queen smiles for the camera

Princess Diana's chef reveals how the royal family adapted during times of food shortages

Darren McGrady has also cooked for the Queen

Aisha Nozari

Princess Diana's chef Darren McGrady has shed a light on how the royal family have adapted during times of food shortages in the past. Darren, who worked as a chef to both the Queen, Diana, Princes William and Harry collectively for fifteen years, explained how royals such as King George V and the Queen coped during war eras, describing the family's approach as "fascinating".  

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Speaking to HELLO! he recalled how King George V created "elevenses" in response to food rations during WWI. Darren explained: "King George V was the one who started elevenses, [when] you sort of stop about 11 o'clock and have a cup of tea and a snack. He started it because it was during the war, food was being rationed, and people weren't getting food. So he thought if the royal kitchens made soup and fed the staff a big bowl of hearty soup, then when it came to lunchtime, they wouldn’t be that hungry."

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Produce is grown on the grounds of Windsor Castle

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Moving into WWII during the 1940s, when the Queen's father King George VI was on the throne, ration coupons were introduced until 1954, which Darren notes was just two years after the Queen herself came into power. During this time, Britain imported around 70 per cent of its food and the UK's imports were heavily affected by bombing. However, Darren continues, this didn't affect the royal family much, as the grounds of many of their homes were self-sufficient.

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Balmoral castle

He continued: "[At] Windsor Castle, they had their own farm and everyone was breeding pigs, there was plenty of pork around. So they were pretty self-sufficient. Balmoral had its own gardens, as it still does today. There was all the venison and deer off the estate, and coming from Hampton Court and Sandringham. At the palace, soups and things like that were made, and meat was no longer allowed to be served at lunchtime, it was just for dinner."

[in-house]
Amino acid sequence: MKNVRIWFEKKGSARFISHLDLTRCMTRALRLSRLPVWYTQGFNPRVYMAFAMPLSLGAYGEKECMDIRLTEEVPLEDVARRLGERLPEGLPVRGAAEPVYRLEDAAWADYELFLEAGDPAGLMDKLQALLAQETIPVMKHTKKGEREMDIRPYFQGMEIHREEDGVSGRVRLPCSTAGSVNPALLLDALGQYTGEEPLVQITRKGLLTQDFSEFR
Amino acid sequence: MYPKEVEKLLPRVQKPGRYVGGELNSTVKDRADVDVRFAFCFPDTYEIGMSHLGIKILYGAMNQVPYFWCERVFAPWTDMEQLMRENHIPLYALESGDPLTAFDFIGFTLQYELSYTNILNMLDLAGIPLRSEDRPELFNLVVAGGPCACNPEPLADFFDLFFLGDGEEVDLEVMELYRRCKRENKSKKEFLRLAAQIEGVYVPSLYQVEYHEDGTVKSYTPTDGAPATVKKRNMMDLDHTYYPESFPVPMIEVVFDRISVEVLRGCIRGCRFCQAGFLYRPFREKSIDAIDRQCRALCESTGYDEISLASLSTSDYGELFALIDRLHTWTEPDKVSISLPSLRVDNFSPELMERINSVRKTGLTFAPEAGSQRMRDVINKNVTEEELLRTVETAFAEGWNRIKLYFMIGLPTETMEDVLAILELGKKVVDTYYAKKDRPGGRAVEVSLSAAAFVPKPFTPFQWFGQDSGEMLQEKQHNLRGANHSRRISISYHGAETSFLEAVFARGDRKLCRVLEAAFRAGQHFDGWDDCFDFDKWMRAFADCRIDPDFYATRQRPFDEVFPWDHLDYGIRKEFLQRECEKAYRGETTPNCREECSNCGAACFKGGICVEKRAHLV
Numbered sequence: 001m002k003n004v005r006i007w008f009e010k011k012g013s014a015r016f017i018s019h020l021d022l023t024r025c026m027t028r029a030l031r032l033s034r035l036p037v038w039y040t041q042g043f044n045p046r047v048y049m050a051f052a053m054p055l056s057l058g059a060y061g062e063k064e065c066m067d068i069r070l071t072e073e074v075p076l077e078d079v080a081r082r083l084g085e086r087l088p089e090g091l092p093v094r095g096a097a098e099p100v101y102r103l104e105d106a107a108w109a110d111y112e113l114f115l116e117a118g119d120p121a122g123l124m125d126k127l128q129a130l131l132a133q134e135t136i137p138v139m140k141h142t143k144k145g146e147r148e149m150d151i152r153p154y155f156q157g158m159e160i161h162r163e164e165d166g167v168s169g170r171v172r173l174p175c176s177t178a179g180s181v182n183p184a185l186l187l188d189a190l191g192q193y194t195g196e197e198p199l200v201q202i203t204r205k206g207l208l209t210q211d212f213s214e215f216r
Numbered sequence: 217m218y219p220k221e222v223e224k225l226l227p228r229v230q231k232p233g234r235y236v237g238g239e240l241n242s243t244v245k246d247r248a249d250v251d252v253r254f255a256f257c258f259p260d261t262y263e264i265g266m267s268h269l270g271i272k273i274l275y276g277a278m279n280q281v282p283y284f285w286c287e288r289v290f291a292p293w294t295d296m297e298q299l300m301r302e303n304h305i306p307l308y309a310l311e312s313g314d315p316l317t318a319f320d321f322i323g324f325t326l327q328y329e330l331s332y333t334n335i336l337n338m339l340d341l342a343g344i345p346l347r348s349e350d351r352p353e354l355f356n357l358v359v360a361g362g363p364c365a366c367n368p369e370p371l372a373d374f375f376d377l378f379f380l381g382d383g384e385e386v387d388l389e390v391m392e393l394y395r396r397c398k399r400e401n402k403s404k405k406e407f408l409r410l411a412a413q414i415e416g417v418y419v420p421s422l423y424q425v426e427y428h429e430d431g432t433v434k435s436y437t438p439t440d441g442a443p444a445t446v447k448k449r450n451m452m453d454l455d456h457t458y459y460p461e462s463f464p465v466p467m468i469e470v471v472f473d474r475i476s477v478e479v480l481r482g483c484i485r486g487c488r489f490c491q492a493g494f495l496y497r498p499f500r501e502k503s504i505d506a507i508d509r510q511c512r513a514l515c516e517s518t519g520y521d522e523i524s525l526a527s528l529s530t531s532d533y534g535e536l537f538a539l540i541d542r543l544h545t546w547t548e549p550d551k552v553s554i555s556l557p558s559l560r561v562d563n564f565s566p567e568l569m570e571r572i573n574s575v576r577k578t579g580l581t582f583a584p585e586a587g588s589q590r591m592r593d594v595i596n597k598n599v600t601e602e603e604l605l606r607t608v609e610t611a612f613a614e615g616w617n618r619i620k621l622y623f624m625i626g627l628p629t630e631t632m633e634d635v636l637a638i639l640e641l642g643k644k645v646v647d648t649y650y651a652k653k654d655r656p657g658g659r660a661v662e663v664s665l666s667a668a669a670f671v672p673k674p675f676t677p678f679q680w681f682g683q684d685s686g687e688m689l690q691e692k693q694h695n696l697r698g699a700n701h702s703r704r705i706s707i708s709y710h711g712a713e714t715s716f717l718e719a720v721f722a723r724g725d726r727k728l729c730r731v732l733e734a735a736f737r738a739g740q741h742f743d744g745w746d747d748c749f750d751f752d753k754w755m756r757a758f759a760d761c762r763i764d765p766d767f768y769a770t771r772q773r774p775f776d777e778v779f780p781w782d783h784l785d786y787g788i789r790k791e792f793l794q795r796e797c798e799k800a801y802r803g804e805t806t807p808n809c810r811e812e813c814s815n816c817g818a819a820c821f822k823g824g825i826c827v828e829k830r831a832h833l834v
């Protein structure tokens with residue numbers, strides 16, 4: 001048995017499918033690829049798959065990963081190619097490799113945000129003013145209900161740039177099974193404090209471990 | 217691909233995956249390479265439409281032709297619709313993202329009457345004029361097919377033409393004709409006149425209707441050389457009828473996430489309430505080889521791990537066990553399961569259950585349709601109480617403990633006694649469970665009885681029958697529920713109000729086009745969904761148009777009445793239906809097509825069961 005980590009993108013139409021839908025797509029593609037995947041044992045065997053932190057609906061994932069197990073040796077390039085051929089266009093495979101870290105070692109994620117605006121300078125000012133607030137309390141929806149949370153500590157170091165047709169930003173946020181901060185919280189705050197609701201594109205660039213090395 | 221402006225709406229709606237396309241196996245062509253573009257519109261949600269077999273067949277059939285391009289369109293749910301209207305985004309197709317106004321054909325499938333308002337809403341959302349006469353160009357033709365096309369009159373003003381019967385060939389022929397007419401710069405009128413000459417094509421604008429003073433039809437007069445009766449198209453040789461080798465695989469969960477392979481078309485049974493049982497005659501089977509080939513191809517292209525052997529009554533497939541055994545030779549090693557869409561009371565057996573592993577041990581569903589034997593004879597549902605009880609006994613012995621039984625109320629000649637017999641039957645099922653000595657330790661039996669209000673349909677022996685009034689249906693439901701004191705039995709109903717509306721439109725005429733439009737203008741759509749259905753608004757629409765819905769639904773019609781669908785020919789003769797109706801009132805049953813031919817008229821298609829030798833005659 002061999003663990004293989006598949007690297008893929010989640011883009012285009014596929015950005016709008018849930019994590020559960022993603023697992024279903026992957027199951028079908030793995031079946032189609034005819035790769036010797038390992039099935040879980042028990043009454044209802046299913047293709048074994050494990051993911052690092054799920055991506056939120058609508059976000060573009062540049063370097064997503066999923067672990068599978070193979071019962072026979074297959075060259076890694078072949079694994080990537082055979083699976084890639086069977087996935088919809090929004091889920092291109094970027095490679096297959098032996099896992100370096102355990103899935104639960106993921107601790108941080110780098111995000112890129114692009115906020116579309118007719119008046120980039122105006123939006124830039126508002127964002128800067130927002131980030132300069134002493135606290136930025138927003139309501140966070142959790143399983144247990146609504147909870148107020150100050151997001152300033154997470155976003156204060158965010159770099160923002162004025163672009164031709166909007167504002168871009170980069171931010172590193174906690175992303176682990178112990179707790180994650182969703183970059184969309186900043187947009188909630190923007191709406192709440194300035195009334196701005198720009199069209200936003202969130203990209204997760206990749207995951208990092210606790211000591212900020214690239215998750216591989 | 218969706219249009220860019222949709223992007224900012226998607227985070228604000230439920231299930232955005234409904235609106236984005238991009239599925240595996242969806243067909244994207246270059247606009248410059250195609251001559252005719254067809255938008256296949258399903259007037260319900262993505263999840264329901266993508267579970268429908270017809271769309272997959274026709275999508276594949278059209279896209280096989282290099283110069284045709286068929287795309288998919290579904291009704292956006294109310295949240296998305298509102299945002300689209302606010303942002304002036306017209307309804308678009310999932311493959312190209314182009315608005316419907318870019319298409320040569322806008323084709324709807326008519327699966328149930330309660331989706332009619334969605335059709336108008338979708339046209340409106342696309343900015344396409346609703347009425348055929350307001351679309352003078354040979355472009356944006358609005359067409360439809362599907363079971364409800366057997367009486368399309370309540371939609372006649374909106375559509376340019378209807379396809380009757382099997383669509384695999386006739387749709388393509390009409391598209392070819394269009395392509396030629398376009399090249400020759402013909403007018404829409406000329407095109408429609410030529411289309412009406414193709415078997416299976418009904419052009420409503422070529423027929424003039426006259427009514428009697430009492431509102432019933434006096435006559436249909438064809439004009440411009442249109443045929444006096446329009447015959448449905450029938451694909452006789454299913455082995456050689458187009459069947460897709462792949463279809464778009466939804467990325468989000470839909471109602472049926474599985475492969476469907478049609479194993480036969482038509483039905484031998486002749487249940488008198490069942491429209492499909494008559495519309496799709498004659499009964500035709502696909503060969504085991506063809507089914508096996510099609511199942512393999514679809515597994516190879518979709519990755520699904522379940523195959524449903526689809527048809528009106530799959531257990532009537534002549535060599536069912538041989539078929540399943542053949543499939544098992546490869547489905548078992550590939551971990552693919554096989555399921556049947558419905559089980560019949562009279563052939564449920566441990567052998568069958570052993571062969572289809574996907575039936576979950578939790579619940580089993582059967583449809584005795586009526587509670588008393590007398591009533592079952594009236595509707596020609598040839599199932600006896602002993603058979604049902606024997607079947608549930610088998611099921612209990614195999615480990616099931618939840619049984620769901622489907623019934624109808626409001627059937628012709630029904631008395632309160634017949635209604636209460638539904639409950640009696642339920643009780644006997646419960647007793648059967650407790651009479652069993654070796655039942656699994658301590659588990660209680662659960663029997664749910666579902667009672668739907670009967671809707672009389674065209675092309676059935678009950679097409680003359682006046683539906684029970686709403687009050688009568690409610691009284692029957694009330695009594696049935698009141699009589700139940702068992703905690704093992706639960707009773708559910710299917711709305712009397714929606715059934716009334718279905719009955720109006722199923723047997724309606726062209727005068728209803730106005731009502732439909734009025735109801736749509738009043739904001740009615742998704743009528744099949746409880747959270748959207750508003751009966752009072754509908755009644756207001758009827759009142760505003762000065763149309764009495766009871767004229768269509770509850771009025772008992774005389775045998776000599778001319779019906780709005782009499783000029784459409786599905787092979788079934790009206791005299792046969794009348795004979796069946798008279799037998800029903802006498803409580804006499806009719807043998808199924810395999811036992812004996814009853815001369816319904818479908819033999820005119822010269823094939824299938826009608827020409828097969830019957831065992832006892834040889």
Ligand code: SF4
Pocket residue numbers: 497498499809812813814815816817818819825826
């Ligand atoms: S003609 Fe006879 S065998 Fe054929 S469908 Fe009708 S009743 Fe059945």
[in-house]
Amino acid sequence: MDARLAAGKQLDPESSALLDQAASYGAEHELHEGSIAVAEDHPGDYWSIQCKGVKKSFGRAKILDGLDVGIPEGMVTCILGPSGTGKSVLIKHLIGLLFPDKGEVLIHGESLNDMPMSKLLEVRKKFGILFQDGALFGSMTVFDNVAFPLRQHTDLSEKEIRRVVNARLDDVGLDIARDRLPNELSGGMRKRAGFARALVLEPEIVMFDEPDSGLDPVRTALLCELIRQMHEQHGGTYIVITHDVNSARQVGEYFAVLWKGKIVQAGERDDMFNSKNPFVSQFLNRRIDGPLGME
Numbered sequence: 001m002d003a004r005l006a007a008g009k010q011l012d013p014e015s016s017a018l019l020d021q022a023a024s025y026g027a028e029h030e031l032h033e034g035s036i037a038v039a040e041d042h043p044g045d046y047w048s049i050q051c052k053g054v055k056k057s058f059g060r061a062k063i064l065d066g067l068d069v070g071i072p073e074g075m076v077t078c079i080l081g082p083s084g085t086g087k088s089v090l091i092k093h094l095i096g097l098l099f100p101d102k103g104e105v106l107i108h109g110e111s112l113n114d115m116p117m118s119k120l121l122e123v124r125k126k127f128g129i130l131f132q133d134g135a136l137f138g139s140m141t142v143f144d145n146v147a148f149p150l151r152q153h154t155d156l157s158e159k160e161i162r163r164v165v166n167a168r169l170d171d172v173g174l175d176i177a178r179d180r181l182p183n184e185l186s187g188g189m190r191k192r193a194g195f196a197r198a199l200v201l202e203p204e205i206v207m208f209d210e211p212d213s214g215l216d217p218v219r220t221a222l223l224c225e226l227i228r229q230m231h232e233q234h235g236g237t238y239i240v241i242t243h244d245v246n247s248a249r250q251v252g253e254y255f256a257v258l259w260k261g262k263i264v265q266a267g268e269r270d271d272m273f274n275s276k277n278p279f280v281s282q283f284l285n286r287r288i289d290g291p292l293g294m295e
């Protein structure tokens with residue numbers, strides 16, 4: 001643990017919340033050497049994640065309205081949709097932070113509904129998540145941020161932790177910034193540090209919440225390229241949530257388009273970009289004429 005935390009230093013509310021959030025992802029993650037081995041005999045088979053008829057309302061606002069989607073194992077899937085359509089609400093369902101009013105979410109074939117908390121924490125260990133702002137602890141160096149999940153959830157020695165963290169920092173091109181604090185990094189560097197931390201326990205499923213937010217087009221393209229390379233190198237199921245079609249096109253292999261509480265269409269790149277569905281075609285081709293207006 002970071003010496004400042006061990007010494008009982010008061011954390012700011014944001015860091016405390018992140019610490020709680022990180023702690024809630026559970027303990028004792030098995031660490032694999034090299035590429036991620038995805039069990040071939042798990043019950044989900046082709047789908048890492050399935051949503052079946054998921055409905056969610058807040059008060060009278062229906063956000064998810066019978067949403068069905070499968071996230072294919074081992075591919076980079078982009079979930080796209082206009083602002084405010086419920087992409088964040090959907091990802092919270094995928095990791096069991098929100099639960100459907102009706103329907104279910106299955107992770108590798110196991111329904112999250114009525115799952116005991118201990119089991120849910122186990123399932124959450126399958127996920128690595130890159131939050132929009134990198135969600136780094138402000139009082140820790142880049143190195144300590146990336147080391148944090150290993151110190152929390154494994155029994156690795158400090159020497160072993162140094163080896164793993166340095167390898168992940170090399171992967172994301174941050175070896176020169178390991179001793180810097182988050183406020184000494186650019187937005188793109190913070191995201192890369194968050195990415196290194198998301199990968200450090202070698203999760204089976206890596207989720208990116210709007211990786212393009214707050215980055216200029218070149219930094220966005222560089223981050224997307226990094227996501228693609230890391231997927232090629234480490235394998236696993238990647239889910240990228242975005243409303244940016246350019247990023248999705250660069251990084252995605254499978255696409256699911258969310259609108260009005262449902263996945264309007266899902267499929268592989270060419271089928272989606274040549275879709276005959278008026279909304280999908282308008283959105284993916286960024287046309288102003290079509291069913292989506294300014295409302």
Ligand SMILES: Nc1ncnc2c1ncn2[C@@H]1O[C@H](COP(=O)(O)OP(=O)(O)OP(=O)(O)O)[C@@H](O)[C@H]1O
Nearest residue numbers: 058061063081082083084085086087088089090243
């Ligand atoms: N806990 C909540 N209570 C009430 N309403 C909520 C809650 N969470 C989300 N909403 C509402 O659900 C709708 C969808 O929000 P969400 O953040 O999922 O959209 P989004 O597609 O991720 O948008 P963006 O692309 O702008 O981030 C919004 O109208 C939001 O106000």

This meant that the royals' diet included "lots of vegetables, vegetable stews and things like that". Darren elaborated that the increased use of vegetables resulted in some interesting dishes that the family still favours today. He continued: "I remember reading about one of the palace chefs back in that time, he used to make a cottage pie which was actually vegetables in a vegetable sauce and mash potatoes on the top, so it was sort of vegetarian food they were living on at lunchtime."

The royal chef even added that after her marriage in 1947, when the Queen was still rationing, she would have strawberries grown especially at Windsor Castle. Darren revealed: "When the Queen got married in 1947, she was used to this rationing, and in fact, her special treat was to have strawberries grown at Windsor Castle under covers in the greenhouse. That was her special treat to go on the menu for pudding during the war years." 

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